How childcare deserts impact working families | KALW

How childcare deserts impact working families

Apr 25, 2018

On this edition of Your Call, we discuss childcare deserts. Working parents in the US often have a hard time finding childcare. What does that mean for careers and children's development?

According to the Center for American Progress, parents of infants and toddlers pay an average of $18,000 a year for childcare. The cost alone can be daunting, but what if you can’t find a provider at all? In some ZIP codes, children younger than five outnumber daycare spots three to one. How pervasive are childcare deserts and what are policy solutions?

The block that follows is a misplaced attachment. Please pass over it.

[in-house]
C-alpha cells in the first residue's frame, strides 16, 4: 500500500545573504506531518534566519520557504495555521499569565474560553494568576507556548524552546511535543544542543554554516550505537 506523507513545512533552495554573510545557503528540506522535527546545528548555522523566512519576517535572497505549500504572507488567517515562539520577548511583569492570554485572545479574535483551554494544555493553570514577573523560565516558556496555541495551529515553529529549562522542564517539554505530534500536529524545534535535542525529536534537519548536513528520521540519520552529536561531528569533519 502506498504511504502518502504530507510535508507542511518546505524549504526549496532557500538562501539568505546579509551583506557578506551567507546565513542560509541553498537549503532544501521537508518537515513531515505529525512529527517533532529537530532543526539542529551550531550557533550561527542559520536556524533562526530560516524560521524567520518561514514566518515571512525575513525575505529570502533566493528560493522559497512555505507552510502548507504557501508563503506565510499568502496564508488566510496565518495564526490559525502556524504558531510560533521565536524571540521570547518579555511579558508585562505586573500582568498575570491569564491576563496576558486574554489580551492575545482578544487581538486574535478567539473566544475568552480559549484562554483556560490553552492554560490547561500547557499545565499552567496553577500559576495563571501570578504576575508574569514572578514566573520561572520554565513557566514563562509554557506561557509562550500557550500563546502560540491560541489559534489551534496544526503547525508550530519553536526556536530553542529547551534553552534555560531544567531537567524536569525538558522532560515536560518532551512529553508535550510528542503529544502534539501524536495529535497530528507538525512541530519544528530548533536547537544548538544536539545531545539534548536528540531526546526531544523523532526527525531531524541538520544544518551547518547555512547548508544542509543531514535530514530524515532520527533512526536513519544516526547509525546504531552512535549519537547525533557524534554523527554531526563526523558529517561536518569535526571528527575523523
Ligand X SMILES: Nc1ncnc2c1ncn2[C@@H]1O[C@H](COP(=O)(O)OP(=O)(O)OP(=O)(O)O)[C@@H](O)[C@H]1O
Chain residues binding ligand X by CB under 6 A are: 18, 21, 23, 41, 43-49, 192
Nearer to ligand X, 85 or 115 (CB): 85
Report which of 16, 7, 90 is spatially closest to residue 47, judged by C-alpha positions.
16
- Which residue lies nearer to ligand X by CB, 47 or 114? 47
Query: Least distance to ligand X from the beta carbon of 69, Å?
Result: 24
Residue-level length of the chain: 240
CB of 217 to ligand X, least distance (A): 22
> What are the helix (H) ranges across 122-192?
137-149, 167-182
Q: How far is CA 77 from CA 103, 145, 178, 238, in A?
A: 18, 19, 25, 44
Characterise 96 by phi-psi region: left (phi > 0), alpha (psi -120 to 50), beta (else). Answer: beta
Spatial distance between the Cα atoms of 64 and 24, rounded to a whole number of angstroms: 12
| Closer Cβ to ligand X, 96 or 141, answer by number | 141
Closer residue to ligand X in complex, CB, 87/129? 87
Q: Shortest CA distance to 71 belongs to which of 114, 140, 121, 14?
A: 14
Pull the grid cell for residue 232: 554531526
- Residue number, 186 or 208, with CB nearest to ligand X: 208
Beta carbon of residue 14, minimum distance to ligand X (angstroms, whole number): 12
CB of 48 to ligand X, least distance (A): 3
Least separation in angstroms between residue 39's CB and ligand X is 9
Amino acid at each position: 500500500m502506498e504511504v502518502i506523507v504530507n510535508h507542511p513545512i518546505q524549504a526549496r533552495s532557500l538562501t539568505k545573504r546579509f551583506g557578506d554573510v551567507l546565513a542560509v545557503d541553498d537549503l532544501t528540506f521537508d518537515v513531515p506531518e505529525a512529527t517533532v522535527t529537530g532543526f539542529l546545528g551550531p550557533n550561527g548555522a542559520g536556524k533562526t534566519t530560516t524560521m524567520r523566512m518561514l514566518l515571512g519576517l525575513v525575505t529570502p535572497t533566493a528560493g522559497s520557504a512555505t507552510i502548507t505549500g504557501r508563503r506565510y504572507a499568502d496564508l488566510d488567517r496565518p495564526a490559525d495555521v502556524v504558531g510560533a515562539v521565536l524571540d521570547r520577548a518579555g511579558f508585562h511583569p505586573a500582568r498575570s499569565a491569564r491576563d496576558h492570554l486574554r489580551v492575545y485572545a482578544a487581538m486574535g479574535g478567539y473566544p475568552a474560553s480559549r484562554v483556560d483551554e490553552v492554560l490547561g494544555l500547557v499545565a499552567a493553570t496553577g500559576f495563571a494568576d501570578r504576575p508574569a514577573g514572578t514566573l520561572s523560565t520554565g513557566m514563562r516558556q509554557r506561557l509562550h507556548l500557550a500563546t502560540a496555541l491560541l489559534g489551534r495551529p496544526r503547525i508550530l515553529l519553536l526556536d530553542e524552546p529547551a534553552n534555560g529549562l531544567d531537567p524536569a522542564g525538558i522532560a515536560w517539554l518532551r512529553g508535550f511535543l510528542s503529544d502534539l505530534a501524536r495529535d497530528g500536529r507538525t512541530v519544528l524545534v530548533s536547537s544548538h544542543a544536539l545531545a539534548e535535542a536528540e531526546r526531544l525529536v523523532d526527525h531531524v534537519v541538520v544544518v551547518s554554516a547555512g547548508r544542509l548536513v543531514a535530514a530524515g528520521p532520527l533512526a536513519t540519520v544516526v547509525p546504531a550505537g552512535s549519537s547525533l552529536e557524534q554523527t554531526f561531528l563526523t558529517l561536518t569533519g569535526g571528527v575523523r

Malia Ramler, senior administrator at First 5 Alameda County

Frankie Izzo, family advocate with the Oakland Head Start program, former elementary school teacher

Clarissa Doutherd, executive director of Parent Voices Oakland

Web Resources:

US News: Two Steps Forward, One Step Back: The State of Preschool in the U.S.

Slate: Welcome to Life in America’s Child Care Deserts

Washington Post: The surprising number of parents scaling back at work to care for kids

Center for American Progress: Mapping America’s Child Care Deserts

The Guardian: How America's 'childcare deserts' are driving women out of the workforce